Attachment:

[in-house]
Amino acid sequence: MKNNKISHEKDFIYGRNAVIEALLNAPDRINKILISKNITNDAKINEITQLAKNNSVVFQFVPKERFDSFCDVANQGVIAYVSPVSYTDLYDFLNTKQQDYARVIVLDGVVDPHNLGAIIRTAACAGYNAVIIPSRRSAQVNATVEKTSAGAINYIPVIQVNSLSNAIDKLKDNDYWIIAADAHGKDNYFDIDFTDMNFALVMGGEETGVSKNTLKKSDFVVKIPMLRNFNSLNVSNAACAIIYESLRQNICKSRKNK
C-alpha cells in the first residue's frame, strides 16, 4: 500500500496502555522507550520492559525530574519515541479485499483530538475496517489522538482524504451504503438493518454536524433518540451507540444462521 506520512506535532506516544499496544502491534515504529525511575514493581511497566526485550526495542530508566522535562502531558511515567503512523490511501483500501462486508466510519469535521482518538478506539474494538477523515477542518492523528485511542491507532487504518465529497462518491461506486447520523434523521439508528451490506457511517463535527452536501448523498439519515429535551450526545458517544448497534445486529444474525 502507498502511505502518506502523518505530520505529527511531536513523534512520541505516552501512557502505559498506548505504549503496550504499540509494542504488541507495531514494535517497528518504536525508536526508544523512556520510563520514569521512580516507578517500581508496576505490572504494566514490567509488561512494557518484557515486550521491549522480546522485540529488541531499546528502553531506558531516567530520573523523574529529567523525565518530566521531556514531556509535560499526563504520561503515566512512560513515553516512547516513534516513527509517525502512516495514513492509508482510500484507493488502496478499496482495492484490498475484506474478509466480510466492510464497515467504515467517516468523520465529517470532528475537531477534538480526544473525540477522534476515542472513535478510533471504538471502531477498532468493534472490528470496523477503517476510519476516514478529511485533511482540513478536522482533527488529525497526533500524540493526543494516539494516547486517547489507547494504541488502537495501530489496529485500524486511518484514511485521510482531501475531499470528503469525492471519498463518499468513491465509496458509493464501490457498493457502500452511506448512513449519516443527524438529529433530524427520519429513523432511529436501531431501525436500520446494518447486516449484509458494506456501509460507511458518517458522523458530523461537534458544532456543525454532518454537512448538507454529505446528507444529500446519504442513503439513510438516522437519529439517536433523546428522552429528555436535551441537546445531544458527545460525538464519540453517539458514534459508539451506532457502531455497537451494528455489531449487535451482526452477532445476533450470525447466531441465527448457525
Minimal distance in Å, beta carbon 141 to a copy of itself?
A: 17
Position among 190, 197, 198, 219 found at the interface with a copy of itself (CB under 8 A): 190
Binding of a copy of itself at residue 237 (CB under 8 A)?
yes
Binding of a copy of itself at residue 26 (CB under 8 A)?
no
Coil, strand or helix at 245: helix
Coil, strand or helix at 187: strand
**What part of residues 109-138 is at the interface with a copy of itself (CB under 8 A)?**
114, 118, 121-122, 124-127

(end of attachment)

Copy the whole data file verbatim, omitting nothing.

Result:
[in-house]
Amino acid sequence: MKNNKISHEKDFIYGRNAVIEALLNAPDRINKILISKNITNDAKINEITQLAKNNSVVFQFVPKERFDSFCDVANQGVIAYVSPVSYTDLYDFLNTKQQDYARVIVLDGVVDPHNLGAIIRTAACAGYNAVIIPSRRSAQVNATVEKTSAGAINYIPVIQVNSLSNAIDKLKDNDYWIIAADAHGKDNYFDIDFTDMNFALVMGGEETGVSKNTLKKSDFVVKIPMLRNFNSLNVSNAACAIIYESLRQNICKSRKNK
C-alpha cells in the first residue's frame, strides 16, 4: 500500500496502555522507550520492559525530574519515541479485499483530538475496517489522538482524504451504503438493518454536524433518540451507540444462521 506520512506535532506516544499496544502491534515504529525511575514493581511497566526485550526495542530508566522535562502531558511515567503512523490511501483500501462486508466510519469535521482518538478506539474494538477523515477542518492523528485511542491507532487504518465529497462518491461506486447520523434523521439508528451490506457511517463535527452536501448523498439519515429535551450526545458517544448497534445486529444474525 502507498502511505502518506502523518505530520505529527511531536513523534512520541505516552501512557502505559498506548505504549503496550504499540509494542504488541507495531514494535517497528518504536525508536526508544523512556520510563520514569521512580516507578517500581508496576505490572504494566514490567509488561512494557518484557515486550521491549522480546522485540529488541531499546528502553531506558531516567530520573523523574529529567523525565518530566521531556514531556509535560499526563504520561503515566512512560513515553516512547516513534516513527509517525502512516495514513492509508482510500484507493488502496478499496482495492484490498475484506474478509466480510466492510464497515467504515467517516468523520465529517470532528475537531477534538480526544473525540477522534476515542472513535478510533471504538471502531477498532468493534472490528470496523477503517476510519476516514478529511485533511482540513478536522482533527488529525497526533500524540493526543494516539494516547486517547489507547494504541488502537495501530489496529485500524486511518484514511485521510482531501475531499470528503469525492471519498463518499468513491465509496458509493464501490457498493457502500452511506448512513449519516443527524438529529433530524427520519429513523432511529436501531431501525436500520446494518447486516449484509458494506456501509460507511458518517458522523458530523461537534458544532456543525454532518454537512448538507454529505446528507444529500446519504442513503439513510438516522437519529439517536433523546428522552429528555436535551441537546445531544458527545460525538464519540453517539458514534459508539451506532457502531455497537451494528455489531449487535451482526452477532445476533450470525447466531441465527448457525
Minimal distance in Å, beta carbon 141 to a copy of itself?
A: 17
Position among 190, 197, 198, 219 found at the interface with a copy of itself (CB under 8 A): 190
Binding of a copy of itself at residue 237 (CB under 8 A)?
yes
Binding of a copy of itself at residue 26 (CB under 8 A)?
no
Coil, strand or helix at 245: helix
Coil, strand or helix at 187: strand
**What part of residues 109-138 is at the interface with a copy of itself (CB under 8 A)?**
114, 118, 121-122, 124-127